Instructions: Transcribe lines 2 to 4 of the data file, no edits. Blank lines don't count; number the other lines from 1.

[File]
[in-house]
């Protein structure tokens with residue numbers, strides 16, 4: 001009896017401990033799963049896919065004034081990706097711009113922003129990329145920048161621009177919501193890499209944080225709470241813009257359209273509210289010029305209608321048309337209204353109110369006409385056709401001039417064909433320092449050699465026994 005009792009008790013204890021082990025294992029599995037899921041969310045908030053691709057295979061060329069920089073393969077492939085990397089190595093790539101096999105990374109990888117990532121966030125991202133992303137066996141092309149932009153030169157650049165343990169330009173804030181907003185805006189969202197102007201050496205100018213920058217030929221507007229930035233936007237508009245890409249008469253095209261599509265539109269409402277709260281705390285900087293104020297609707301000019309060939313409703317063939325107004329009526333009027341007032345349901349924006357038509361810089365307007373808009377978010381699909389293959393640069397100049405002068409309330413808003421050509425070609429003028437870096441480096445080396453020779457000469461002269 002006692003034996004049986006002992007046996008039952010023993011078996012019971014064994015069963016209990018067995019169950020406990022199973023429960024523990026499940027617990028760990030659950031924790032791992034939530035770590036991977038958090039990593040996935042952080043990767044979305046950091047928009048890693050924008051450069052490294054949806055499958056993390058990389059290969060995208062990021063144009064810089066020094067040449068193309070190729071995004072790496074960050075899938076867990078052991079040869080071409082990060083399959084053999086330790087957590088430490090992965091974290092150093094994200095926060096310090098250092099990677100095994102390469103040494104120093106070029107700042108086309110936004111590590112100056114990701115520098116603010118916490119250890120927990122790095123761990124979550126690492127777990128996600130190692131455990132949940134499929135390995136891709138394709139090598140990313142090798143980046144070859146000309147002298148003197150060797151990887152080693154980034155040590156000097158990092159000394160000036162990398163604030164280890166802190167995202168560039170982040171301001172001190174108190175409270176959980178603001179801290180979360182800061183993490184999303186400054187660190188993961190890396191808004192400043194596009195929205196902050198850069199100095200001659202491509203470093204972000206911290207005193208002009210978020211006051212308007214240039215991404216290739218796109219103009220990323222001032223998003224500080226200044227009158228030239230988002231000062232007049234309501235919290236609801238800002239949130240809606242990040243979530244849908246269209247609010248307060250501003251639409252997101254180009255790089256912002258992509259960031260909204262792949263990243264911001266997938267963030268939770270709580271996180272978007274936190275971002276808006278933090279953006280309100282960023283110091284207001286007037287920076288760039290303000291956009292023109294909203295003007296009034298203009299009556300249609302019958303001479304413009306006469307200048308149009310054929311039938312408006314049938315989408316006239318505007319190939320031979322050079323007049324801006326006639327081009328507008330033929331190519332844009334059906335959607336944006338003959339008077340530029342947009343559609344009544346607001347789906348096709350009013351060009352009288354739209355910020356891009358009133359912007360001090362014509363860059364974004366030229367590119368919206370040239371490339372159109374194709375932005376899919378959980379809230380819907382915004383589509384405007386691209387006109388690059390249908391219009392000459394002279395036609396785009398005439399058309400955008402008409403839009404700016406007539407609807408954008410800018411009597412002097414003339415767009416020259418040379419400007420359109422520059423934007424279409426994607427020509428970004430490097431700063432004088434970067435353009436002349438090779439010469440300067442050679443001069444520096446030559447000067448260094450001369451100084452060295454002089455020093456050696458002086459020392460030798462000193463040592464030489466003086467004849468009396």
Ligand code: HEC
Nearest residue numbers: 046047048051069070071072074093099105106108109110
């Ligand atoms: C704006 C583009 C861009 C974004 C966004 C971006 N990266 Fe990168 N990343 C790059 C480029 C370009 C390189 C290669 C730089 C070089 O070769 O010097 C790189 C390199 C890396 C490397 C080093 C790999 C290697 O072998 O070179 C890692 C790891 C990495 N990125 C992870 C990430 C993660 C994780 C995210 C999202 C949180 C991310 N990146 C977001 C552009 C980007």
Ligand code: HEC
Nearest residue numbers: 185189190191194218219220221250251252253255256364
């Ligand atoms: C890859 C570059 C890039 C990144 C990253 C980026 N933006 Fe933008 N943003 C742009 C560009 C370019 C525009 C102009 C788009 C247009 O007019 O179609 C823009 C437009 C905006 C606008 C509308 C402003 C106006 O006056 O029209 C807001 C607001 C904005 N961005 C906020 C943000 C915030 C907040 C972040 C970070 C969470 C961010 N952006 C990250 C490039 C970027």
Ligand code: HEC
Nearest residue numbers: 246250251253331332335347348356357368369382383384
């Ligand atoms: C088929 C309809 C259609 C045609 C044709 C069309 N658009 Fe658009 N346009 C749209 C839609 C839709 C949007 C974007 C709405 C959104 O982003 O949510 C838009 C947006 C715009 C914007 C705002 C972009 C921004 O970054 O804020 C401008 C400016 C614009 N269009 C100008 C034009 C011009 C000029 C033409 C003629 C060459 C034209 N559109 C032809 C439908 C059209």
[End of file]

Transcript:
């Protein structure tokens with residue numbers, strides 16, 4: 001009896017401990033799963049896919065004034081990706097711009113922003129990329145920048161621009177919501193890499209944080225709470241813009257359209273509210289010029305209608321048309337209204353109110369006409385056709401001039417064909433320092449050699465026994 005009792009008790013204890021082990025294992029599995037899921041969310045908030053691709057295979061060329069920089073393969077492939085990397089190595093790539101096999105990374109990888117990532121966030125991202133992303137066996141092309149932009153030169157650049165343990169330009173804030181907003185805006189969202197102007201050496205100018213920058217030929221507007229930035233936007237508009245890409249008469253095209261599509265539109269409402277709260281705390285900087293104020297609707301000019309060939313409703317063939325107004329009526333009027341007032345349901349924006357038509361810089365307007373808009377978010381699909389293959393640069397100049405002068409309330413808003421050509425070609429003028437870096441480096445080396453020779457000469461002269 002006692003034996004049986006002992007046996008039952010023993011078996012019971014064994015069963016209990018067995019169950020406990022199973023429960024523990026499940027617990028760990030659950031924790032791992034939530035770590036991977038958090039990593040996935042952080043990767044979305046950091047928009048890693050924008051450069052490294054949806055499958056993390058990389059290969060995208062990021063144009064810089066020094067040449068193309070190729071995004072790496074960050075899938076867990078052991079040869080071409082990060083399959084053999086330790087957590088430490090992965091974290092150093094994200095926060096310090098250092099990677100095994102390469103040494104120093106070029107700042108086309110936004111590590112100056114990701115520098116603010118916490119250890120927990122790095123761990124979550126690492127777990128996600130190692131455990132949940134499929135390995136891709138394709139090598140990313142090798143980046144070859146000309147002298148003197150060797151990887152080693154980034155040590156000097158990092159000394160000036162990398163604030164280890166802190167995202168560039170982040171301001172001190174108190175409270176959980178603001179801290180979360182800061183993490184999303186400054187660190188993961190890396191808004192400043194596009195929205196902050198850069199100095200001659202491509203470093204972000206911290207005193208002009210978020211006051212308007214240039215991404216290739218796109219103009220990323222001032223998003224500080226200044227009158228030239230988002231000062232007049234309501235919290236609801238800002239949130240809606242990040243979530244849908246269209247609010248307060250501003251639409252997101254180009255790089256912002258992509259960031260909204262792949263990243264911001266997938267963030268939770270709580271996180272978007274936190275971002276808006278933090279953006280309100282960023283110091284207001286007037287920076288760039290303000291956009292023109294909203295003007296009034298203009299009556300249609302019958303001479304413009306006469307200048308149009310054929311039938312408006314049938315989408316006239318505007319190939320031979322050079323007049324801006326006639327081009328507008330033929331190519332844009334059906335959607336944006338003959339008077340530029342947009343559609344009544346607001347789906348096709350009013351060009352009288354739209355910020356891009358009133359912007360001090362014509363860059364974004366030229367590119368919206370040239371490339372159109374194709375932005376899919378959980379809230380819907382915004383589509384405007386691209387006109388690059390249908391219009392000459394002279395036609396785009398005439399058309400955008402008409403839009404700016406007539407609807408954008410800018411009597412002097414003339415767009416020259418040379419400007420359109422520059423934007424279409426994607427020509428970004430490097431700063432004088434970067435353009436002349438090779439010469440300067442050679443001069444520096446030559447000067448260094450001369451100084452060295454002089455020093456050696458002086459020392460030798462000193463040592464030489466003086467004849468009396």
Ligand code: HEC
Nearest residue numbers: 046047048051069070071072074093099105106108109110